Oleanolic acid induces p53-dependent apoptosis via the ERK/JNK/AKT pathway in cancer cell lines in prostatic cancer xenografts in mice
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Gyeong-Ji Kim1, Hyeon-Ju Jo2, Kwon-Jai Lee3, Jeong Woo Choi4 and Jeung Hee An5
1Department of Biomedical Engineering, Sogang University, Seoul, Republic of Korea
2Department of Food Science and Technology, Seoul National University of Science & Technology, Seoul, Republic of Korea
3Department of Advanced Materials Engineering, Daejeon University, Daejeon, Republic of Korea
4Department of Chemical and Biomolecular Engineering, Sogang University, Seoul, Republic of Korea
5Division of Food Bioscience, Konkuk University, Chunju, Korea
Jeung Hee An, email: [email protected]
Keywords: anticancer activity; apoptosis; oleanolic acid; cell cycle arrest; MAPK signaling
Received: January 20, 2018 Accepted: April 06, 2018 Published: May 29, 2018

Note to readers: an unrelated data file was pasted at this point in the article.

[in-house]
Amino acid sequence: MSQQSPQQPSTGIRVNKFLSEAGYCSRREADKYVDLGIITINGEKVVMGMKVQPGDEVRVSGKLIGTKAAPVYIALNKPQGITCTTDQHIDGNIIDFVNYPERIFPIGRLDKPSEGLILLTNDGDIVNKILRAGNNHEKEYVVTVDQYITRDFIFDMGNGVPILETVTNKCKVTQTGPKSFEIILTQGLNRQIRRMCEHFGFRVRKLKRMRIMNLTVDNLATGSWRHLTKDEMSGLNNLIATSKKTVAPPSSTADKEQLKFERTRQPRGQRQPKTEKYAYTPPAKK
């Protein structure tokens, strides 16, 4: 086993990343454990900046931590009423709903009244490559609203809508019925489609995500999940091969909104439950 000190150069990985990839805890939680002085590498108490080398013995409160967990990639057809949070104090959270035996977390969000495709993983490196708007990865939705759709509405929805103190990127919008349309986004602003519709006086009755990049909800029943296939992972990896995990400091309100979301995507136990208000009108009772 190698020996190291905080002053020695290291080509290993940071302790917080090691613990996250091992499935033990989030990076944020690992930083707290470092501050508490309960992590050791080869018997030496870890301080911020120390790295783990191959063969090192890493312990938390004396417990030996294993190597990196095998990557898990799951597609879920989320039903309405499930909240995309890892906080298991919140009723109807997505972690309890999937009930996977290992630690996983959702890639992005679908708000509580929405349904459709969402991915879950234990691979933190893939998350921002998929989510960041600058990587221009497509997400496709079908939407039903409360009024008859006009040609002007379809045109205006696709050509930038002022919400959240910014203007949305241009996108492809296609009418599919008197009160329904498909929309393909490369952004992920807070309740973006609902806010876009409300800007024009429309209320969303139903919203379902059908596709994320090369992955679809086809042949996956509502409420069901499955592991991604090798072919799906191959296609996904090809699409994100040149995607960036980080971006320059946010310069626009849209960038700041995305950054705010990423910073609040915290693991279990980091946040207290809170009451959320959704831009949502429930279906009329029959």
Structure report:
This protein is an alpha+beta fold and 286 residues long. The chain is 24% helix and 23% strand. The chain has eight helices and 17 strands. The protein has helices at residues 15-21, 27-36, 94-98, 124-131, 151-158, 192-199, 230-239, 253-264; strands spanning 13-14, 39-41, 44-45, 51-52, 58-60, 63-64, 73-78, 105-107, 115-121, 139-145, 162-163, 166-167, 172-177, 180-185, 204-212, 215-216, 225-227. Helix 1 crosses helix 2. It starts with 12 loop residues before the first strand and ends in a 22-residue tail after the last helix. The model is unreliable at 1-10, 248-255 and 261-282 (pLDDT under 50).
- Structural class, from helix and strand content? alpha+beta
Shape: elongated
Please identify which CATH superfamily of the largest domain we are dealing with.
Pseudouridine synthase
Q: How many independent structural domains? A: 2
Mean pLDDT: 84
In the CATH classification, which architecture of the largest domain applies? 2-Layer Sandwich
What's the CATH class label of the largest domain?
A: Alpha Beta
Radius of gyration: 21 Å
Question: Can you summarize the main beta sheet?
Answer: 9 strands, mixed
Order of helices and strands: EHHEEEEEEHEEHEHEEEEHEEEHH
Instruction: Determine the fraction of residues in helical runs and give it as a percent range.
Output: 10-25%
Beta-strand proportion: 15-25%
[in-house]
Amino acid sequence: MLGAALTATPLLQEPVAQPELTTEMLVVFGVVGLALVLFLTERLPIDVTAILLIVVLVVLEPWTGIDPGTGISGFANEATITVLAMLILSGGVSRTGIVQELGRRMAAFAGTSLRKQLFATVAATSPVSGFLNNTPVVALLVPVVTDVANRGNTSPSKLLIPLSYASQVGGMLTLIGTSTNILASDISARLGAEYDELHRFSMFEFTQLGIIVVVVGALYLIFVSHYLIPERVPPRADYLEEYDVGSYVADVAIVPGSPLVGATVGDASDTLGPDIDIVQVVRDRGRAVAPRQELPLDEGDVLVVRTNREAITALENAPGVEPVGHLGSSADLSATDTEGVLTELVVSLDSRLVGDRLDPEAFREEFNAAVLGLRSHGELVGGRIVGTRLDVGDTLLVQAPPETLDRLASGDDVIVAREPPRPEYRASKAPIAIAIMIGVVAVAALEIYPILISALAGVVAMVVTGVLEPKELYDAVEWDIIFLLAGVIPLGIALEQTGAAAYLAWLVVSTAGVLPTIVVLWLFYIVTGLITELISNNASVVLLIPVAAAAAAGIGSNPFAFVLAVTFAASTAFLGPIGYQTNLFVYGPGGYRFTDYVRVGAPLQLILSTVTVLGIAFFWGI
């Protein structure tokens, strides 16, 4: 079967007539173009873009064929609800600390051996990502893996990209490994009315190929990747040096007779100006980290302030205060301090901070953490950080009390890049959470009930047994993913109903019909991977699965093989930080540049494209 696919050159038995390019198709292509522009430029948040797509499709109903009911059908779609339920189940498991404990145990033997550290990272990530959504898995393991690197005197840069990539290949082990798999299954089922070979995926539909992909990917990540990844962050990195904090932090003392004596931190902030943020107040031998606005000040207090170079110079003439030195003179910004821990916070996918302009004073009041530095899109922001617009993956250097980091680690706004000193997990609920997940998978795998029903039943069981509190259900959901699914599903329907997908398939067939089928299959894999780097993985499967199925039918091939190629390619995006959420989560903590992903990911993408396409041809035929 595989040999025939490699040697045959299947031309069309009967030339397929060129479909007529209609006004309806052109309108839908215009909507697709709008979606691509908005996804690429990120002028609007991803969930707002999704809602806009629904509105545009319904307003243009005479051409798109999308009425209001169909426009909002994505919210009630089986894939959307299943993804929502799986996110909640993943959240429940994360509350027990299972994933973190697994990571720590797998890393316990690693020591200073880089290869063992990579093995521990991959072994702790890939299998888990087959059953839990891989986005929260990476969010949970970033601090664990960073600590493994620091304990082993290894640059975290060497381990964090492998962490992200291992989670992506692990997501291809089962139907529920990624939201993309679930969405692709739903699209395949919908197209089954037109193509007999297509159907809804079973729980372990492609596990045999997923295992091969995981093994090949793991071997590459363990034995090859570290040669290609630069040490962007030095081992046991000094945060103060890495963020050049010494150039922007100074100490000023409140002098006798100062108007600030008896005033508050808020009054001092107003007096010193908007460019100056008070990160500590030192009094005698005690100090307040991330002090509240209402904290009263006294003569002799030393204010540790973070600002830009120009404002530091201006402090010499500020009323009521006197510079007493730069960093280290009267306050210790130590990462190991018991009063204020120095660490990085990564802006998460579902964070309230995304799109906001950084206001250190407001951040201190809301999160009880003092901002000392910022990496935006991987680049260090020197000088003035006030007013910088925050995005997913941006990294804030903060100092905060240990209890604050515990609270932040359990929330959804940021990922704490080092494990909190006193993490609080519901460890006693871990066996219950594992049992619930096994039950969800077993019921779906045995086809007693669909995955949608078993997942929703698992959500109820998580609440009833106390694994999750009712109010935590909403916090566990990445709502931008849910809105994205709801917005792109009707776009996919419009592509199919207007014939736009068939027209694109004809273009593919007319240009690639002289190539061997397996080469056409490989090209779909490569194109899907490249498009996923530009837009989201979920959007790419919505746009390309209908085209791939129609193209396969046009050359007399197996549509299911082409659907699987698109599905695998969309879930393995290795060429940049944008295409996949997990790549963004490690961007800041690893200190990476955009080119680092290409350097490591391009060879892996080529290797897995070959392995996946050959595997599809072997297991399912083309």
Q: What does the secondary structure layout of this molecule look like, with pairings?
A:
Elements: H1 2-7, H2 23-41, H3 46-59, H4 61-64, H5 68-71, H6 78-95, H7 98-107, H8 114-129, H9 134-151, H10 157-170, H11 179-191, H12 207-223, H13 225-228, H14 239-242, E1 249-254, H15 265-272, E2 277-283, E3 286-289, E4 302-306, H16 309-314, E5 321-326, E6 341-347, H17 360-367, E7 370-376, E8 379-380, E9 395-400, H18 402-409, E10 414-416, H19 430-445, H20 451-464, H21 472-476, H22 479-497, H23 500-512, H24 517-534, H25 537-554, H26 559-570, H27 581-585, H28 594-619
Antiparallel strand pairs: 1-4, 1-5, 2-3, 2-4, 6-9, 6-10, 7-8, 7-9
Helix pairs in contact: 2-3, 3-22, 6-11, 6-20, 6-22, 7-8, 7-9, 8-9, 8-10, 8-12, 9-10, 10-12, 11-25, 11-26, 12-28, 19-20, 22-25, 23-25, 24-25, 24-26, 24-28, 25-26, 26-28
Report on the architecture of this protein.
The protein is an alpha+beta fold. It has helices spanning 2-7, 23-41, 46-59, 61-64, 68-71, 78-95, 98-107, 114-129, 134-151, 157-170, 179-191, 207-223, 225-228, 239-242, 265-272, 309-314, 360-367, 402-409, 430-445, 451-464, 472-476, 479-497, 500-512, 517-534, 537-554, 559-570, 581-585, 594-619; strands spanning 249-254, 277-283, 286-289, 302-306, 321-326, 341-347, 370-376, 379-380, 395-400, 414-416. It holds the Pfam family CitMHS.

We evaluated oleanolic acid (OA)-induced anti-cancer activity, apoptotic mechanism, cell cycle status, and MAPK kinase signaling in DU145 (prostate cancer), MCF-7 (breast cancer), U87 (human glioblastoma), normal murine liver cell (BNL CL.2) and human foreskin fibroblast cell lines (Hs 68). The IC50 values for OA-induced cytotoxicity were 112.57 in DU145, 132.29 in MCF-7, and 163.60 in U87 cells, respectively. OA did not exhibit toxicity in BNL CL. 2 and Hs 68 cell lines in our experiments. OA, at 100 μg/mL, increased the number of apoptotic cells to 27.0% in DU145, 27.0% in MCF-7, and 15.7% in U87, when compared to control cells. This enhanced apoptosis was due to increases in p53, cytochrome c, Bax, PARP-1 and caspase-3 expression in DU145, MCF-7 and U87 cell lines. OA-treated DU145 cells were arrested in G2 because of the activation of p-AKT, p-JNK, p21 and p27, and the decrease in p-ERK, cyclin B1 and CDK2 expression; OA-treated MCF-7 cells were arrested in G1 owing to the activation of p-JNK, p-ERK, p21, and p27, and the decrease in p-AKT, cyclin D1, CDK4, cyclin E, and CDK2; and OA-treated U87 cells also exhibited G1 phase arrest caused by the increase in p-ERK, p-JNK, p-AKT, p21, and p27, and the decrease in cyclin D1, CDK4, cyclin E and CDK2. Thus, OA arrested the cell cycle at different phases and induced apoptosis in cancer cells. These results suggested that OA possibly altered the expression of the cell cycle regulatory proteins differently in varying types of cancer.
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